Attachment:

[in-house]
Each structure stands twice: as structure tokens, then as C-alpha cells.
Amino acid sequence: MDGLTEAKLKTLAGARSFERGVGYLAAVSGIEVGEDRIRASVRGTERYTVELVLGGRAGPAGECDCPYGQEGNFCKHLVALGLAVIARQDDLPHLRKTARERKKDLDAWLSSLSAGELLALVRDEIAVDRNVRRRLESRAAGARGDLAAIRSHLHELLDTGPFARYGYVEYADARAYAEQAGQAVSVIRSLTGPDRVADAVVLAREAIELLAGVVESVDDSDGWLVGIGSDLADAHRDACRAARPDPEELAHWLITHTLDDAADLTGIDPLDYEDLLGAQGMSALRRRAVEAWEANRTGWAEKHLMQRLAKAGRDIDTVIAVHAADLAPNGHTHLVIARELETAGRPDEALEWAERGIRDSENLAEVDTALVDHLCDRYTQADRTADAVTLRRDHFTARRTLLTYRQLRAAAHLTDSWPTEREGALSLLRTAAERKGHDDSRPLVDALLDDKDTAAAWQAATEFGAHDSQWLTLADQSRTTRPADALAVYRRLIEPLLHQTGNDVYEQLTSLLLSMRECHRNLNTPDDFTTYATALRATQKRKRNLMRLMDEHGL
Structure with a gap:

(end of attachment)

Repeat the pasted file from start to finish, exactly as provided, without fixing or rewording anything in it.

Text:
[in-house]
Each structure stands twice: as structure tokens, then as C-alpha cells.
Amino acid sequence: MDGLTEAKLKTLAGARSFERGVGYLAAVSGIEVGEDRIRASVRGTERYTVELVLGGRAGPAGECDCPYGQEGNFCKHLVALGLAVIARQDDLPHLRKTARERKKDLDAWLSSLSAGELLALVRDEIAVDRNVRRRLESRAAGARGDLAAIRSHLHELLDTGPFARYGYVEYADARAYAEQAGQAVSVIRSLTGPDRVADAVVLAREAIELLAGVVESVDDSDGWLVGIGSDLADAHRDACRAARPDPEELAHWLITHTLDDAADLTGIDPLDYEDLLGAQGMSALRRRAVEAWEANRTGWAEKHLMQRLAKAGRDIDTVIAVHAADLAPNGHTHLVIARELETAGRPDEALEWAERGIRDSENLAEVDTALVDHLCDRYTQADRTADAVTLRRDHFTARRTLLTYRQLRAAAHLTDSWPTEREGALSLLRTAAERKGHDDSRPLVDALLDDKDTAAAWQAATEFGAHDSQWLTLADQSRTTRPADALAVYRRLIEPLLHQTGNDVYEQLTSLLLSMRECHRNLNTPDDFTTYATALRATQKRKRNLMRLMDEHGL
Structure with a gap: